VR Heats Up The Star Wars Vs. Star Trek Debate

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VR Heats Up The Star Wars Vs. Star Trek Debate
May 27, 2018
Dogs vs. Cats. Laurel vs. Yanny. Star Wars vs. Star Trek.

 

The controversy I really care about, however, is the one nerds across the internet argue about constantly: which universe is better — Star Wars or Star Trek? Also, the other two debates are easy: dogs are better and it’s Yanny. Don’t @ me.

 

Anyway, back to the debate that matters; this perennial dispute has found a new battleground in the world of Virtual Reality experiences, where two companies — The VOID and IMAX VR — have Star Wars and Star Trekthemed offerings respectively.

 

The two companies’ VR experiences are as different as a lightsaber is to a tricorder. The VOID has what they call a hyper-reality experience, where patrons can walk around the Star Wars universe and touch physical objects that line up with the VR shown through their goggles. IMAX VR offers a more gamified experience (one where, as I learned firsthand, you can lose by dying in a glorious explosion!) that focuses more on the virtual and has patrons goggled up in a single room. These two uses of VR give users an experience that lines up well with the respective worlds they are portraying.

 

Since it was created first, let’s start with Star Trek.

Star Trek and IMAX VR

In IMAX VR’s Star Trek: Bridge Crew offering, you and 1-3 of your friends are on the bridge of a Federation Starship. Before you begin, each person chooses a role: Captain (the one who orders people around), Helm (the one who flies the spaceship), Engineer (the one who beams up people) and Tactical (the one who blows things up). I’m a lover, not a fighter, so I took the role of Engineer while two others played the role of Captain and Tactical (you need at least two people to play, with the Captain taking on additional duties; in our case, our Captain also flew the ship since we didn’t have a Helm).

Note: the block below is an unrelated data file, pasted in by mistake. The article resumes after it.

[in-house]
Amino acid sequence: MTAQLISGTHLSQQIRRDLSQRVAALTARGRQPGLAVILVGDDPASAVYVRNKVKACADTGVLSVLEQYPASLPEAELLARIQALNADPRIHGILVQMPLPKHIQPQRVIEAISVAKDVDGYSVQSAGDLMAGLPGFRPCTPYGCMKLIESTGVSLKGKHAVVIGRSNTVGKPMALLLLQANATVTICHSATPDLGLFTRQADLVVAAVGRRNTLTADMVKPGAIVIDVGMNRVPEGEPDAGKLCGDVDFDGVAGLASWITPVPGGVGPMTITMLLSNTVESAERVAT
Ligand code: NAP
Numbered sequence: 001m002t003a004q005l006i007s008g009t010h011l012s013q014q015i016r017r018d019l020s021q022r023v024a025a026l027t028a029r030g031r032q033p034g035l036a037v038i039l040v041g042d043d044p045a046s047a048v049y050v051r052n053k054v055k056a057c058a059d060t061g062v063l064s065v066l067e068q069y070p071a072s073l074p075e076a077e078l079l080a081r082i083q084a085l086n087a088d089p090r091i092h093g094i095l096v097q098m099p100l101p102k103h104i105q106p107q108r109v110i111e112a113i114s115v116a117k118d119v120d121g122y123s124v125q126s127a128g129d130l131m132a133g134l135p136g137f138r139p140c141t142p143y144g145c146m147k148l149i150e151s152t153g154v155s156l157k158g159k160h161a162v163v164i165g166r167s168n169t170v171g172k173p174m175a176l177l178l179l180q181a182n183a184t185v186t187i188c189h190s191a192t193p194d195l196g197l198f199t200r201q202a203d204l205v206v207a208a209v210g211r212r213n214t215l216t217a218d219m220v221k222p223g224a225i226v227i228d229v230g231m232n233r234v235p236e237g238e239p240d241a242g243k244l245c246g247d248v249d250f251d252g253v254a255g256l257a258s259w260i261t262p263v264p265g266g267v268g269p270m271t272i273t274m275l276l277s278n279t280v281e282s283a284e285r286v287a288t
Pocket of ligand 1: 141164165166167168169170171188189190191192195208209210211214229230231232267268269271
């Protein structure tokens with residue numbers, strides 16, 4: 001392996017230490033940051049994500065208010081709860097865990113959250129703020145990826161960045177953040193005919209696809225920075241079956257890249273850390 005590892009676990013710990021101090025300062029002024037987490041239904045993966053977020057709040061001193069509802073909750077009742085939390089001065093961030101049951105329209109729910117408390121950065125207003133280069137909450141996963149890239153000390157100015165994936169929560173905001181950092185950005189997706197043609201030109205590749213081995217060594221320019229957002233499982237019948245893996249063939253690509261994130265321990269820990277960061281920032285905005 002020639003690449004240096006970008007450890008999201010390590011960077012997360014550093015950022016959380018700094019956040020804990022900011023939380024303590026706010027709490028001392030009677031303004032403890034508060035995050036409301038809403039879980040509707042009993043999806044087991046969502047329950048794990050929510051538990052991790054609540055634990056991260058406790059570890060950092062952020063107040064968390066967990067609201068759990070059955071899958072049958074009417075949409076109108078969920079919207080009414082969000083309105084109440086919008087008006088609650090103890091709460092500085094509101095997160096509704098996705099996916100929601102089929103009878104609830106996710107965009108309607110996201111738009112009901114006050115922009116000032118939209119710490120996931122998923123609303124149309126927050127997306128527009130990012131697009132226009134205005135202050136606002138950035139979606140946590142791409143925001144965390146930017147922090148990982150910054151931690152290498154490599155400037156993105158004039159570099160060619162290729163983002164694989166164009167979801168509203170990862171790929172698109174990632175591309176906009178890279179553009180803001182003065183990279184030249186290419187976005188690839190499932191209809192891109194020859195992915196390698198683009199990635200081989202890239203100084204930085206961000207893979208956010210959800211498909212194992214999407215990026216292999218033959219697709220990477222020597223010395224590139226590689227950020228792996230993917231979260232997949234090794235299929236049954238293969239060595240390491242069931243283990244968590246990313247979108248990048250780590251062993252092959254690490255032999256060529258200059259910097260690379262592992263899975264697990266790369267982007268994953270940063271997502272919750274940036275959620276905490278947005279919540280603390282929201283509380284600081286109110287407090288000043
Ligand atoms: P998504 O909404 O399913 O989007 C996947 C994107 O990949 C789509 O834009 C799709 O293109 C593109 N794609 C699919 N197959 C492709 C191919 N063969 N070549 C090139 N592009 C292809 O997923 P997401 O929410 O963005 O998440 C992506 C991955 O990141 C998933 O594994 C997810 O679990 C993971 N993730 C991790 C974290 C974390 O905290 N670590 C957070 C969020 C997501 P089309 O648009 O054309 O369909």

To start the game, each of us sat a specialized chair (it vibrates when you blow up!), put on VR goggles and picked up two game controller-like devices that simulate your hands in the game. Once my goggles powered on, I was smack dab on a Federation Starship bridge! The first thing I did was spin around in my chair and wave my “hands” around like a crazy person.

 

As promised, my virtual hands moved as my real ones did, though I was chagrined to see I was wearing a red shirt. Once I got tired of flailing my arms around, I took another look at the bridge; it, like much of Star Trek, was shiny and clean and bright. It even had a new-bridge smell, as we were in a “scent enhanced pod,” which apparently blasted that odor and others during the game. I saw my friend wave to me from his position at Tactical (how come he was wearing a gold shirt?!), and our Captain sat regally in the Captain’s chair, overseeing everything.

 

The primary focus of the virtual space, however, was the large window of the bridge. Our mission was to rescue stranded survivors, and my job as Engineer was to beam them up before anything bad happened. I don’t want to spoil the game, but something bad happened (one hint: Klingons!). Through that window, we saw a bunch of outer space pass by, including the pods where our survivors were and, later on, Klingon Warships, who decided to kill us.

 

As our ship took fire, we started yelling and scrambling to protect ourselves while also trying to fulfill our mission. Our chairs rumbled every time we took a hit, and my newly learned transponder skills faltered under the pressure. It was a group effort though, and we all contributed to failing our mission and spectacularly blowing up.

 

Even though we died, it was an amazing time; I was an active crew member of a Federation Starship! And even though I wasn’t as cool and calm under pressure as I would have liked, I felt inside that world, experiencing firsthand what I usually saw on the screen. I also had hope that I could re-enter that world (which I could do for another $15) and redeem myself by not dying.